Two Blue Shoes | Our Town | Chicago Reader

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Two Blue Shoes

A Story of Hope and Repair


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My blue shoes were kind of beat-up and scruffy-looking, but they were so comfortable I didn't want to throw them out. So when they started to fall apart, I took them to a repair shop in Old Town. When the elderly clerk told me this simple repair would cost seven dollars, I considered giving the shoes to the Salvation Army, but then I told him to go ahead. "How about a little polish? We'll make them look real nice, almost as good as new."

"How much will that cost?" I asked.

"That will be another three dollars." I hesitated for a moment, then agreed.

"Sew strap and polish," the clerk wrote on the work order. "I'll need a cash deposit from you," he told me. I exchanged three dollars for a claim check and left.

Two weeks later I returned to the store. This time a young, chubby female clerk was in charge. Poking through the stacked and ticketed brown paper bags, she asked, "How long ago did you bring your shoes in?"

"Two weeks ago," I replied.

"What did they look like?" I described them: navy blue, open toe, low wooden heels, the uppers made of woven leather straps, size eight and a half.

After about five minutes of searching, the clerk still hadn't found my shoes. Then she looked through some loose shoes in a box. She pulled out a pair of navy blue high heels.

"Are these yours?" she asked.

"No, mine have low heels, and the tops are made of woven straps. Those shoes are about three sizes too big."

"They don't seem to be here," she said.

"Are you sure you didn't lose my shoes?" I asked.

"Of course not; we never lose shoes," she said. "We'll find them. They send some of the shoes--the ones that need more work--to our downtown store, and those shoes take longer."

"But," I said, "they only needed a little sewing, they had just come apart in one place. It wasn't a big job."

"Look," the clerk responded, "I can't do anything more for you. They don't pay me very much; I'm just a clerk. They left me here alone on a Saturday! You'll have to talk to the manager on Monday."

I looked at the long line of customers that had formed behind me. "OK," I said. "I'll call the manager on Monday."

On Monday morning I called the manager. "Don't worry, baby," she said, sounding jovial and maternal. "We've got your shoes. Come on in and pick them up." So I dropped by on my way home from work. I presented my ticket and the elderly male clerk gave me a brown paper bag with my claim-check number on it.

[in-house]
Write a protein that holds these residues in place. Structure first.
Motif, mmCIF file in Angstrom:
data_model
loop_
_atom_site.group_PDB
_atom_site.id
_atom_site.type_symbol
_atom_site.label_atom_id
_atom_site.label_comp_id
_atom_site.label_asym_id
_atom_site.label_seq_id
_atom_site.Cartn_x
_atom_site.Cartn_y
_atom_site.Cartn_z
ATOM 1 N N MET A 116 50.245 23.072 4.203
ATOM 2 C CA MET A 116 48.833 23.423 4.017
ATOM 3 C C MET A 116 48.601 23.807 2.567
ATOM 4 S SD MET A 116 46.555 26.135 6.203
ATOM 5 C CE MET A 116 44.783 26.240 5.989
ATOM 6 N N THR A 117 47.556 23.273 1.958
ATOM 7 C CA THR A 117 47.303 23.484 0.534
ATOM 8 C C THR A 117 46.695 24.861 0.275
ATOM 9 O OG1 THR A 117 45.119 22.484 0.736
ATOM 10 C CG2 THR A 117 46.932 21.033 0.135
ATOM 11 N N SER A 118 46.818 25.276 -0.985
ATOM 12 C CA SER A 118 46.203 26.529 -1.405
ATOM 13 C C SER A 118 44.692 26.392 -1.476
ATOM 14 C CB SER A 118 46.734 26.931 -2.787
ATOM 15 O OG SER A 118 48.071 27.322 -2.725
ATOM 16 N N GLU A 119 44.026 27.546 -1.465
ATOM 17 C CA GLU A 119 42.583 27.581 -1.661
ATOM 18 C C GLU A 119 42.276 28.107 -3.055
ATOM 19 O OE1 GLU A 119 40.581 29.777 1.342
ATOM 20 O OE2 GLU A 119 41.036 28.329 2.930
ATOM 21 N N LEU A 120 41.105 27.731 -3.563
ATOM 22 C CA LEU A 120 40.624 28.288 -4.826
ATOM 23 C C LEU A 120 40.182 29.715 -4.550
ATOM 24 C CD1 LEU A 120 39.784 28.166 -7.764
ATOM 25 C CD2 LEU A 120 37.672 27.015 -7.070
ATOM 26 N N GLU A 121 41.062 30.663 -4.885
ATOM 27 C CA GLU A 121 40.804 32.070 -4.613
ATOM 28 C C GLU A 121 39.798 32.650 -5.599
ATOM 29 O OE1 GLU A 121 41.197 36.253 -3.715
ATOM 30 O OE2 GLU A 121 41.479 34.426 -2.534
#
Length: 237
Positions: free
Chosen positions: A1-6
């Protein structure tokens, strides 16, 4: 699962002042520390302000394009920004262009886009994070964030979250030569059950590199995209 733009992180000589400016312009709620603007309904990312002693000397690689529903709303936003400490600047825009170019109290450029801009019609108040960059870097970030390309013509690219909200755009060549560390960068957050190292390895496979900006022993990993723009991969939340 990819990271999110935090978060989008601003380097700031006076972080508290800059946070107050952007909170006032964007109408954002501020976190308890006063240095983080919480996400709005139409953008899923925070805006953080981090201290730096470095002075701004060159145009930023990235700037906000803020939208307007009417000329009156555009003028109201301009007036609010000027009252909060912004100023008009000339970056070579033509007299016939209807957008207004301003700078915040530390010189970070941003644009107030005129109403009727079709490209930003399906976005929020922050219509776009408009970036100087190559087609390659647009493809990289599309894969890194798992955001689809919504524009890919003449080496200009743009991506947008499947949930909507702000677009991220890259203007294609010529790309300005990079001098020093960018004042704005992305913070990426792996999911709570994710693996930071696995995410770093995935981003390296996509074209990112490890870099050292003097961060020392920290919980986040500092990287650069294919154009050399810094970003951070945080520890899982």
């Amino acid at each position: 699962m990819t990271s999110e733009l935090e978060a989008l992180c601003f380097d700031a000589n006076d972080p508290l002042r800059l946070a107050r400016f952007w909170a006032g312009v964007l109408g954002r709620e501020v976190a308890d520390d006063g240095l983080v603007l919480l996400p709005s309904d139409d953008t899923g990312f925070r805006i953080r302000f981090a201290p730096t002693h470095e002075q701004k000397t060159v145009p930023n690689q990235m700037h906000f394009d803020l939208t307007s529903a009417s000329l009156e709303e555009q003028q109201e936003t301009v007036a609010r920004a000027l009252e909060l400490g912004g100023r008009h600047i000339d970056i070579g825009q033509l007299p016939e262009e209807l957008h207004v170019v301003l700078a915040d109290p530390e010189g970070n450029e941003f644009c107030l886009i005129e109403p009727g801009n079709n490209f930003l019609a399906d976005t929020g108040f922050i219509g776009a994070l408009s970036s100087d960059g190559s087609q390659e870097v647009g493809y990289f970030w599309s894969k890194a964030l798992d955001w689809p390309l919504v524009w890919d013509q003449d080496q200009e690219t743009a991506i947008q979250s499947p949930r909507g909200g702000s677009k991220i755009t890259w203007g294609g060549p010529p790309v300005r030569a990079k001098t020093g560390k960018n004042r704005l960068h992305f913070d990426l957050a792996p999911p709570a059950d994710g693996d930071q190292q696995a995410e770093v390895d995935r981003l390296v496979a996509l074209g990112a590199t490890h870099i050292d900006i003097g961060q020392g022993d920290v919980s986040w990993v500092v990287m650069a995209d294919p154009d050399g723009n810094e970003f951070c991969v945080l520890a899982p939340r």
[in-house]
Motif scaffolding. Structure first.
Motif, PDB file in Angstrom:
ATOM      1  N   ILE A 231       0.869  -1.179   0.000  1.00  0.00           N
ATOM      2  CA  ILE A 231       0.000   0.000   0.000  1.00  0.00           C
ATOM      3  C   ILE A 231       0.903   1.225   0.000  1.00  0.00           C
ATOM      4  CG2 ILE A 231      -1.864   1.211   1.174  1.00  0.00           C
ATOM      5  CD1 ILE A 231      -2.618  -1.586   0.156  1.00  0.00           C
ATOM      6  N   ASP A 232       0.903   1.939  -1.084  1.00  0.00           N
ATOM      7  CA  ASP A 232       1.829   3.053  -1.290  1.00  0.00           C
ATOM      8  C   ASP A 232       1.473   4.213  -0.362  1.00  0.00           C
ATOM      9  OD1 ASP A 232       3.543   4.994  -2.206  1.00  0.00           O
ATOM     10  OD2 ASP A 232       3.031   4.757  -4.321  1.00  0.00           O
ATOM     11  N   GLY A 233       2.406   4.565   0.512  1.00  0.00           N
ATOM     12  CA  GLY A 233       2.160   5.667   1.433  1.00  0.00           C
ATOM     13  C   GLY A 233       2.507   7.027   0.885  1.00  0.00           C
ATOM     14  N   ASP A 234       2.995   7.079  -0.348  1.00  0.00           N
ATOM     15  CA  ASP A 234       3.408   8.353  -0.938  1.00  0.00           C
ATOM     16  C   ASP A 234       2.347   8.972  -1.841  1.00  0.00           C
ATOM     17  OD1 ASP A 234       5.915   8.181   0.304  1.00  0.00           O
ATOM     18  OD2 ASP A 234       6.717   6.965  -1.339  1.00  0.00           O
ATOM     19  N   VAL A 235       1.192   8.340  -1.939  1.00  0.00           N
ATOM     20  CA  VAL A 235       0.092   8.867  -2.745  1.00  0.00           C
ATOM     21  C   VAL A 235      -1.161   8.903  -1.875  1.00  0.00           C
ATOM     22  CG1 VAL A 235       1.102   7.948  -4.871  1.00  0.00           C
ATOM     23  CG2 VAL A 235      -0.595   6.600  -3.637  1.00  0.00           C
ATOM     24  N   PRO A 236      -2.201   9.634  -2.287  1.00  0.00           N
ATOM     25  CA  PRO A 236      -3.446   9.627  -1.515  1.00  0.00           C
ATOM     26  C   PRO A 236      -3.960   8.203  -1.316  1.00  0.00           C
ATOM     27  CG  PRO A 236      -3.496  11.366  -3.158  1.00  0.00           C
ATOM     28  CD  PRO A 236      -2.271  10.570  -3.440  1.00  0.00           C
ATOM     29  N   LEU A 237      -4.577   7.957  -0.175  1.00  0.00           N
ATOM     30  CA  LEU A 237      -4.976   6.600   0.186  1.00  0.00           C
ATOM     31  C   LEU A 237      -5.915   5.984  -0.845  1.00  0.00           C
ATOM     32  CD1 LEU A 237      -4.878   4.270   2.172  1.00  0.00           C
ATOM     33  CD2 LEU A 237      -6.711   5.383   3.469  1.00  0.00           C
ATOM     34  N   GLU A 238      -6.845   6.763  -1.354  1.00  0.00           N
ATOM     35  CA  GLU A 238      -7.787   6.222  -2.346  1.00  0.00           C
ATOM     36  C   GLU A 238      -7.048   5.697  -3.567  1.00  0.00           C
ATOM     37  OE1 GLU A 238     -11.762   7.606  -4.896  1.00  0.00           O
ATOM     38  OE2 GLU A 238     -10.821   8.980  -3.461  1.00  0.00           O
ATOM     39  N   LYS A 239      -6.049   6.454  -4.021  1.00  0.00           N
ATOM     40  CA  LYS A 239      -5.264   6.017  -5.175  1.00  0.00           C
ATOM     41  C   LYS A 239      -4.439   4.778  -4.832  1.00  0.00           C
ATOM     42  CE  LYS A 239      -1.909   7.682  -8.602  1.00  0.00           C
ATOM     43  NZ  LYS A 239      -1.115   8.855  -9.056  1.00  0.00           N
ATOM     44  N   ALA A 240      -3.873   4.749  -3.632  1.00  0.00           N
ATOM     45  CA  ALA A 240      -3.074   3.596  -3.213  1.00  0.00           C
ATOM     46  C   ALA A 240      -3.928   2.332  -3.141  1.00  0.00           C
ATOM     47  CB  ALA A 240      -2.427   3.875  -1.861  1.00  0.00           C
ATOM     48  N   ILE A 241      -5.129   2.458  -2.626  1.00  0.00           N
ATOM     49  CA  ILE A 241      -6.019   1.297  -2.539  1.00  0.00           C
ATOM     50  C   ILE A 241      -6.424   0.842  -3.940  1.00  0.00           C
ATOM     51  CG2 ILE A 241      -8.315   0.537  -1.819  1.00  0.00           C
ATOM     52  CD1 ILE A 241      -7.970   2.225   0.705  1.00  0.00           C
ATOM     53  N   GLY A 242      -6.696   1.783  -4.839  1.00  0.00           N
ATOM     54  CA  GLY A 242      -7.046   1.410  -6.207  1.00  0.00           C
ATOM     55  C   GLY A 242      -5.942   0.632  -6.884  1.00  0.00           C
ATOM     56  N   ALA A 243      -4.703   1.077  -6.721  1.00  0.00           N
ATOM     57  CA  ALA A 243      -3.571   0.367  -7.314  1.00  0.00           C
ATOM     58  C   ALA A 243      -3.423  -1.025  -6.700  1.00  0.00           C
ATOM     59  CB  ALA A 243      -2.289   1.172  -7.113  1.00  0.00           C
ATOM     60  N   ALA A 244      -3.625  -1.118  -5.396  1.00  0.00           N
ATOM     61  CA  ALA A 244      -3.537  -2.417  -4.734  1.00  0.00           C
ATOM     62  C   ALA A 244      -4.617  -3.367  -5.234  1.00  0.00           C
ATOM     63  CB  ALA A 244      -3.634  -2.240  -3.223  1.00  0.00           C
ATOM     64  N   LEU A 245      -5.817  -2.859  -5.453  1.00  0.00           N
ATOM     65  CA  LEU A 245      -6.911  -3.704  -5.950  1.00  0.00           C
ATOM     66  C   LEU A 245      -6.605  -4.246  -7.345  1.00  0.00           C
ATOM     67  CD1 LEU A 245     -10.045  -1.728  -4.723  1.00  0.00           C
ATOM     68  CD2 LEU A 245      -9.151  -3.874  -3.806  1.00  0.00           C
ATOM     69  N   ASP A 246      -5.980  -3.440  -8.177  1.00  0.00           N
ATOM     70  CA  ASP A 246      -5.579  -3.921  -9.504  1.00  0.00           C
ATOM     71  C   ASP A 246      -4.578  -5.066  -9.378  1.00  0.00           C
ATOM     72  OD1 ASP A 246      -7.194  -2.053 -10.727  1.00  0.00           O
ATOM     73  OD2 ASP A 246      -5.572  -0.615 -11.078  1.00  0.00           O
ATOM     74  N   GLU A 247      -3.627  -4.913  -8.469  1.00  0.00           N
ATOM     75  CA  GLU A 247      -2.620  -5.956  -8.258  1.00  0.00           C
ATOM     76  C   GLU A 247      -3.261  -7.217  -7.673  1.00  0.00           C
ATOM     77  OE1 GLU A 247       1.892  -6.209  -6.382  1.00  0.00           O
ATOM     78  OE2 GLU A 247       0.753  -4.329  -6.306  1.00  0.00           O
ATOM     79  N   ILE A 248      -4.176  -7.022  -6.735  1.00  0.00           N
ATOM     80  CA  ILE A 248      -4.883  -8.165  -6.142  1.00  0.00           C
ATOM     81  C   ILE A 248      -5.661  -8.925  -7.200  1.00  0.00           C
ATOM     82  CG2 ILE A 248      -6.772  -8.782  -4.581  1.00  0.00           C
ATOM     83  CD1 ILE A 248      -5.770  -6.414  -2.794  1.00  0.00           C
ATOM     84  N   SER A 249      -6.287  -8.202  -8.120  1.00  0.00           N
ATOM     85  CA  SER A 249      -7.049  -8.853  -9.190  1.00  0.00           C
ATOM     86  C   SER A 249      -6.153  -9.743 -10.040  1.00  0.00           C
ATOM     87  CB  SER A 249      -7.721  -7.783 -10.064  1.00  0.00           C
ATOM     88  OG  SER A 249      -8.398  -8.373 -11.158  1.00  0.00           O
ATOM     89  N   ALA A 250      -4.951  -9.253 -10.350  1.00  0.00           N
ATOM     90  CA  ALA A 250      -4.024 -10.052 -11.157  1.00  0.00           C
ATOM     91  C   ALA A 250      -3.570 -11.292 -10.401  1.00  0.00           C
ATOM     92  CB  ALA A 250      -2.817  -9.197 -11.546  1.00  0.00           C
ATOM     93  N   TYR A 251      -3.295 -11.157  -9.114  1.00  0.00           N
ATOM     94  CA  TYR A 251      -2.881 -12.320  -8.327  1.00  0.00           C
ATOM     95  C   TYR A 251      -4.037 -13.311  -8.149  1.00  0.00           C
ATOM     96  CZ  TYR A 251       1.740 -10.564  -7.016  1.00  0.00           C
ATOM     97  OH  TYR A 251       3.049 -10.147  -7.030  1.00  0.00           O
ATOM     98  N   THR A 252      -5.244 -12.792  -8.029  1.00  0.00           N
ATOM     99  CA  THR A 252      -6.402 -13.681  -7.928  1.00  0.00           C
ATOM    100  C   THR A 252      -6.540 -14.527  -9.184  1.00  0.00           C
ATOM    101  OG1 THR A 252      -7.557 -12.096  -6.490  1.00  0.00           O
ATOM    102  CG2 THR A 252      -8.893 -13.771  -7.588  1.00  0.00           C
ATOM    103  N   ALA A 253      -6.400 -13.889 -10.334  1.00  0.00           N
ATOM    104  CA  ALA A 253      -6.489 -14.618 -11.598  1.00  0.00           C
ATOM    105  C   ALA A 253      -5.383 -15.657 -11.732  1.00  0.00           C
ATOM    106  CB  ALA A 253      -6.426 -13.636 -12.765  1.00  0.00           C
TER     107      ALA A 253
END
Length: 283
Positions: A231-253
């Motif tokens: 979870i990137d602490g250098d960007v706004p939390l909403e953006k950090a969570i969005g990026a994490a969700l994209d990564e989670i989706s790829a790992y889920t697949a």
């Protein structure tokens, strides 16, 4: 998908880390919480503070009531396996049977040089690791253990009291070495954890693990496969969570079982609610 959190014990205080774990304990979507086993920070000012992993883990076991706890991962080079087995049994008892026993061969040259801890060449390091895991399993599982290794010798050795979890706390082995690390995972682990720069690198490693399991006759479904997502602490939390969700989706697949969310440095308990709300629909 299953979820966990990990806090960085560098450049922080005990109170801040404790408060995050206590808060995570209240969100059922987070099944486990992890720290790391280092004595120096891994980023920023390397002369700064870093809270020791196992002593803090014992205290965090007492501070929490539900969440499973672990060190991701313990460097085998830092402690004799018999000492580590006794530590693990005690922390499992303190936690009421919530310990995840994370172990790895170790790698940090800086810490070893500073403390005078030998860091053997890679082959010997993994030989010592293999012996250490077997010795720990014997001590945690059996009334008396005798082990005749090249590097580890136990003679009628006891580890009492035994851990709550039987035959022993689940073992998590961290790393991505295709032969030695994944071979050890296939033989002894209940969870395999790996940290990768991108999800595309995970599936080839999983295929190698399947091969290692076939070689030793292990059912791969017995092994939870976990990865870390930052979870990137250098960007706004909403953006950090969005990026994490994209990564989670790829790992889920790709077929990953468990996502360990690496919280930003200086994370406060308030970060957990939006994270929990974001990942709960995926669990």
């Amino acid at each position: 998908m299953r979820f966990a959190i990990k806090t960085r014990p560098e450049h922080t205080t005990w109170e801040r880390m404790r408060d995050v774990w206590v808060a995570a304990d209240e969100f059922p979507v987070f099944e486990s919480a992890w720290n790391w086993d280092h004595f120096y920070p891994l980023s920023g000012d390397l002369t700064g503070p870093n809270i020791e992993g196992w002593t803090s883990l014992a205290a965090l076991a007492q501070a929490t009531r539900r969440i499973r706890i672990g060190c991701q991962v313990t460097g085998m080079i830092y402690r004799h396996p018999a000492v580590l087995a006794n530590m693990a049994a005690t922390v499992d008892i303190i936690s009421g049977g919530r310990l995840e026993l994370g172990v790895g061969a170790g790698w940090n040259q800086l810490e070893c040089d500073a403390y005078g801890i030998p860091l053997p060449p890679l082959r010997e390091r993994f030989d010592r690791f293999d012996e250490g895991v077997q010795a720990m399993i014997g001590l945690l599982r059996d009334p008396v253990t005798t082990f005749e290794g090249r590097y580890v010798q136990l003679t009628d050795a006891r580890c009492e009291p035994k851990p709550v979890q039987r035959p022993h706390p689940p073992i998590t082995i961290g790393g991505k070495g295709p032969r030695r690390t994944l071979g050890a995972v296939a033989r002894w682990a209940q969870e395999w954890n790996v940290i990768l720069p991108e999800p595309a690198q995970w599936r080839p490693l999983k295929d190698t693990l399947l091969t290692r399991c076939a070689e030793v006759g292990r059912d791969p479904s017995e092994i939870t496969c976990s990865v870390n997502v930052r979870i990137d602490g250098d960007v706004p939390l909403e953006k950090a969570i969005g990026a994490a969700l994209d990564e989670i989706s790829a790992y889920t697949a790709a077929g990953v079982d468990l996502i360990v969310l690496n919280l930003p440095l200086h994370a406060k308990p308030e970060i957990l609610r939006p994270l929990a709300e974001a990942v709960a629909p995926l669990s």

I opened the bag in the store--just to make sure my shoes were there. At first I thought, no, those aren't my shoes. They were a darker navy blue, but even stranger, each shoe now sported a new strap and buckle across the middle. They had become Mary Janes.

"My shoes didn't have straps on them," I told the clerk.

"These aren't your shoes?"

"They're my shoes, but somebody sewed these straps and buckles on them."

"You don't like the straps?"


"OK," the clerk said, "I'll have them take the straps off. You're sure you don't want the straps?"


"Then we'll take them off."

"How long will it take to remove them?"

"Come back in a week," the clerk advised.

A week later, just before Christmas, I again returned to pick up my shoes. The tired old man who had taken my original order was there, and he remembered me. I gave him my claim ticket and he retrieved my shoes from behind the counter. I looked them over. The skinny straps and buckles were gone, thank goodness. But the shoes weren't dark blue anymore, they were jet black! And upon further inspection, I discovered that they hadn't been polished, but dyed!

After I explained this to the clerk, he said, "Yes, that's black all right."

"They were blue before."

"They were?"

I showed him a place on the inside that was still the original navy blue color. The clerk said, "Oh well, sometimes, if they can't get the polish looking nice enough, they just dye them. They just want to make the customer happy."

"Great," I replied.

The clerk offered, "We could try to remove the dye. Sometimes it works; but black is a dark color, and they have to scrape the dye off, and with these straps they'd probably break some of the straps and even then they probably wouldn't get all of the dye off." I agreed with him that removing the dye probably wouldn't work. I didn't want those people touching my shoes again. "No thanks," I said, "I think I'll take them this way."

Art accompanying story in printed newspaper (not available in this archive): photo/Bruce Powell.

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